‘active veterinary’ class at Concord’s Summer School

Tuesday August 20, 2019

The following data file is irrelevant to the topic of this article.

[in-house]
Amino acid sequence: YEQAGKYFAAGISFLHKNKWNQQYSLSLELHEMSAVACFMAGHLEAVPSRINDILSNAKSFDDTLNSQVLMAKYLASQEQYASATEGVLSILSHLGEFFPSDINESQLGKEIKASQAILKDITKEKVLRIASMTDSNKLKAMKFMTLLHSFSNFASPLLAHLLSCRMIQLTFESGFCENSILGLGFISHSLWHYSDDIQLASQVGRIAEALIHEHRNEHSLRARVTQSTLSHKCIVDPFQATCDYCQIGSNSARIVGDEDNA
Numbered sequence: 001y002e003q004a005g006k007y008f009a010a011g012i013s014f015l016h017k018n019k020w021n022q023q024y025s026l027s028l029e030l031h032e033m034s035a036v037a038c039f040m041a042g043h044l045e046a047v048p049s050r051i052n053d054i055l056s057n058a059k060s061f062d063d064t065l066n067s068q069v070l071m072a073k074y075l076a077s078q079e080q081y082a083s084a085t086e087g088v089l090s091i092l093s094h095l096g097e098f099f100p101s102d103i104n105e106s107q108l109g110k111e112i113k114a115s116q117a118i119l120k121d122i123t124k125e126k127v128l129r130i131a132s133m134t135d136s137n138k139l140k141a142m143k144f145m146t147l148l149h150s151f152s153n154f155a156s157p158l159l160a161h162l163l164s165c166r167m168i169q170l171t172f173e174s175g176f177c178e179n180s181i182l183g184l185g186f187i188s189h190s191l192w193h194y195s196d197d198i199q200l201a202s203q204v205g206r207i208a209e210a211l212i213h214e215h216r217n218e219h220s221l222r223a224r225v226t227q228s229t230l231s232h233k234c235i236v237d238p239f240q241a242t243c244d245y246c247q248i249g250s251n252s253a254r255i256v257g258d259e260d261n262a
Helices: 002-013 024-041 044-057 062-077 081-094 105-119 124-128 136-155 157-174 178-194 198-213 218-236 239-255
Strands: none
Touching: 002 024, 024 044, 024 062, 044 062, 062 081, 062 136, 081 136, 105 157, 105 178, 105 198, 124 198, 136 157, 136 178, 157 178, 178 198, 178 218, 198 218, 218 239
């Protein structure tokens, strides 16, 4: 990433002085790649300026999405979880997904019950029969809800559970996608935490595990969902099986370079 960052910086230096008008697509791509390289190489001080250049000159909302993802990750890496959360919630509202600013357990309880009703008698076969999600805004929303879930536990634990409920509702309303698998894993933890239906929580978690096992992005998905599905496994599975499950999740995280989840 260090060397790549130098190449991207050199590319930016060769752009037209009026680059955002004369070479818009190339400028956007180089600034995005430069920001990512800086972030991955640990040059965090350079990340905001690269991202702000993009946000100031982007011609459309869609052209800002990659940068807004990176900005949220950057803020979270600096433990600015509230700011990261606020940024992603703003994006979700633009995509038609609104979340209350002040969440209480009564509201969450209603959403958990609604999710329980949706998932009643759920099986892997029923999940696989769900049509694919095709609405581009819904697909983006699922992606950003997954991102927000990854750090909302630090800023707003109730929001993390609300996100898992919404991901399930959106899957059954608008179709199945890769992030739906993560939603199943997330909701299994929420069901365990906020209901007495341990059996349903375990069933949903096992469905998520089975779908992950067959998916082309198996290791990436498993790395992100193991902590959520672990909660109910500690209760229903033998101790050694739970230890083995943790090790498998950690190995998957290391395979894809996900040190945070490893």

Five dogs, a hedgehog and two snails all gave authenticity to an ‘Active Science’ lesson at Concord's Summer School last week. It was the first time the Summer School had offered active science with a veterinary lecture involving pets, and students of many different nationalities communicated in a single language – English. Lecturer Ryan Harley, a former Church Stretton School pupil who is now studying Veterinary Science at Nottingham University, tested the students on animal health. He said: “The focus was very much on dialogue and communication which required the students to search for words and questions they didn’t actually know. “Considering that this was their very first veterinary lesson involving live animals, they showed they were more than capable and proved to be very bright. “By asking questions and building a rapport with the owners and their pets, the students were able to find out individual problems which the whole class was later able to review. “They questioned the owners of the dogs, the hedgehog and the snails to establish whether there were any problems and came up with their own diagnosis based on simple observations and tests.” Previous practical sessions on the same summer course gave students as young as 12 an insight into animal heart, lung and liver dissections – which they afterwards described as ‘fascinating.’ They pumped up the lungs of sheep to see how the respiratory system worked and also learned the technique of a ‘hands on’ approach to identifying health problems in animals. Lavinia, 14, from Italy, and Carlotta, 16, from Spain, told how they would both like to become vets and how the veterinary lecture had given them an insight into the profession. Said Lavinia, who has completed five Summer Schools at Concord: “In addition to improving my English, I am sure I shall appreciate what I learnt in the veterinary lesson when I return home to my four month old cocker spaniel Hermes. “It was a lot fun.” Carlotta, also a pet lover, added: “We learnt how to treat animals well – how not to scare them or potentially hurt them during a consultation. I learnt a lot of things I didn’t know before and it was very nourishing.” In addition to Lavinia and Carlotta, the group comprised students from France, China, Nigeria, Latvia and Syria. Former Summer School Director John Leighton, who took along the family dog Bella, said: “It’s wonderful that students here are able to put into practice the things that they learn in theory lessons. This lesson has helped provide initial veterinary experience. “It’s good for students of different nationalities to interact and socialise – and for the pets too.”